Tag Archives: consoles

Sony to skip E3 2020

Sony PlayStation has announced that they will not be attending E3 2020.

This marks Sony’s second year of skipping E3, after deciding to not be at the event in 2019 as well.

This year marks a big year for gaming with the launch of PlayStation 5 from Sony and the Xbox Series X from Microsoft. It’s interesting that the company has decided to skip E3 with the launch of their new console this year, but it may show that E3 is starting to wind down in favor of hosting events on their own for their fans.

Sony announced the news in a press statement to outlets this afternoon.

After thorough evaluation SIE has decided not to participate in E3 2020,” said a Sony Interactive Entertainment spokesperson. “We have great respect for the ESA as an organization, but we do not feel the vision of E3 2020 is the right venue for what we are focused on this year.

“We will build upon our global events strategy in 2020 by participating in hundreds of consumer events across the globe. Our focus is on making sure fans feel part of the PlayStation family and have access to play their favorite content. We have a fantastic line up of titles coming to PlayStation 4, and with the upcoming launch of PlayStation 5, we are truly looking forward to a year of celebration with our fans.”

The PlayStation 5 is set to launch in Holiday 2020. Activision Publishing is still partnered with Sony for marketing for Call of Duty, and that marketing deal may continue for PS5, but that is yet to be seen.

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Source: CharlieIntel.com

PlayStation 5 logo revealed

Sony has revealed a first look a the PlayStation 5’s official logo during the Sony CES Press Conference in Las Vegas, NV at CES.

The company only revealed the logo for the PlayStation 5.

PlayStation CEO Jim Ryan also re-highlighted the hardware features of the PlayStation 5.

PlayStation confirmed more information to come in the months ahead of the PS5 launch. The console will launch in Holiday 2020.

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Source: CharlieIntel.com

Update – Not Real | First 360 degree look at Xbox Series X shown at AMD CES Conference

UPDATE: Microsoft has issued a statement saying AMD did not have an official 3D render of the Xbox Series X, but instead sourced a fan made one for their promo video.

Here’s Microsoft’s statement:

Someone at AMD made a big mistake…

Original Story:

AMD hosted their annual press conference highlighting what’s coming from them in 2020 during the CES Show in Las Vegas.

As part of the conference, their video had a brief 360 degree look at the all new Xbox Series X console, which revealed the back of the console including the ports. The back features two USB C ports and two HDMI ports, first spotted by Polygon.

The new Xbox Series X is set to launch in Holiday 2020. The console was first announced back during The Game Awards in December. Xbox has not announced a price for the new console yet.

Xbox’s Head Phil Spencer also updated his social picture to a picture of the processor of the Xbox Series X.

We’ll keep you updated on all things Xbox Series X.

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Source: CharlieIntel.com

What We’re Looking Forward To in 2020

2019 and the decade is coming to an end here shortly. Charlie Intel started up in the early part of this decade, back in 2011 with Call of Duty: Modern Warfare 3. 8.5 years later, nine Call of Duty games covered, we’re at the end of this decade.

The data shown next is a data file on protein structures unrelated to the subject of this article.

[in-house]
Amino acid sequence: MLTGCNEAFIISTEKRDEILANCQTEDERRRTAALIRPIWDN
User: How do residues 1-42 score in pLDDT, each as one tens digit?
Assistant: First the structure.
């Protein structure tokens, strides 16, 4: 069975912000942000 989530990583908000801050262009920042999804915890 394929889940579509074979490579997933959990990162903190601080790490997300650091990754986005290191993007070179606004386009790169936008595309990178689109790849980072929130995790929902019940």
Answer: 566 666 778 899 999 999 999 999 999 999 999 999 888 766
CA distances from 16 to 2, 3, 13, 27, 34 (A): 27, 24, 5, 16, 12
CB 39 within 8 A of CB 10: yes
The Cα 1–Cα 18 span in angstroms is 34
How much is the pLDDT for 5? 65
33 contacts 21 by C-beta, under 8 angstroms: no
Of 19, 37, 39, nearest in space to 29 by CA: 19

On Friday, we posed a question on Twitter: what was your favorite Call of Duty game of the decade? The question was so popular it trended on Twitter, and the resounding answer was Black Ops 2 – as that trended worldwide following our question.

Now, with the end of the decade almost here, we wanted to put together a post on what we’re looking forward to going into 2020 – from Call of Duty to consoles and more. Due note, some of the stuff we’re speculating are rumors (and will be noted as such!).

Without further ado, let’s get into what we’re looking forward to in 2020.

Next-Generation Consoles

2020 will be another big year for consoles. The new PlayStation 5 and Xbox Series X will both be arriving in Holiday 2020. The PlayStation 4 and Xbox One both launched in 2013; so seven years later, we’re getting a new generation of consoles – just in time for the start of the new decade.

PlayStation 5

The next PlayStation console will be arriving in Holiday 2020. Sony has thus far announced just a few details on the new console, including first details on the console’s specs and the controller.

If you missed it, here’s quick recap of the console details:

  • Backwards Compatible with PS4 games
  • Still using Physical Media
  • 8 Core AMD Processor
  • Radeon Navi GPU (Supports up to 8K resolution)
  • SSD and More Storage (Spider-Man loads times from 15 seconds to 0.8)
  • Raytracing

And here’s what’s known about the new DUALSHOCK controller for PS5:

  • New PS5 Controller uses USB Type C
  • PS5 Controller has Haptic Feedback
  • Controller has now adaptive triggers
  • New Speaker system on the controller
  • Better Battery Life
  • Heavier than the DUALSHOCK 4, but will be lighter than a Xbox One controller

There’s a lot more information to come in 2020 as PS5 launch approaches. We’ll be closely looking to see how Sony positions the PlayStation 5 for 2020 and the launch price for the console.

Xbox Series X

Microsoft first announced that a new generation of Xbox would be coming during E3 2019, where the company announced that the new generation is “Project Scarlet.” The told fans it would be a top of the line console with advanced specs and more.

The company then surprised everyone by announcing and revealing the look of the console at the 2019 Game Awards in mid-December. The console is called the Xbox Series X, as shown above, and is launching Holiday 2020.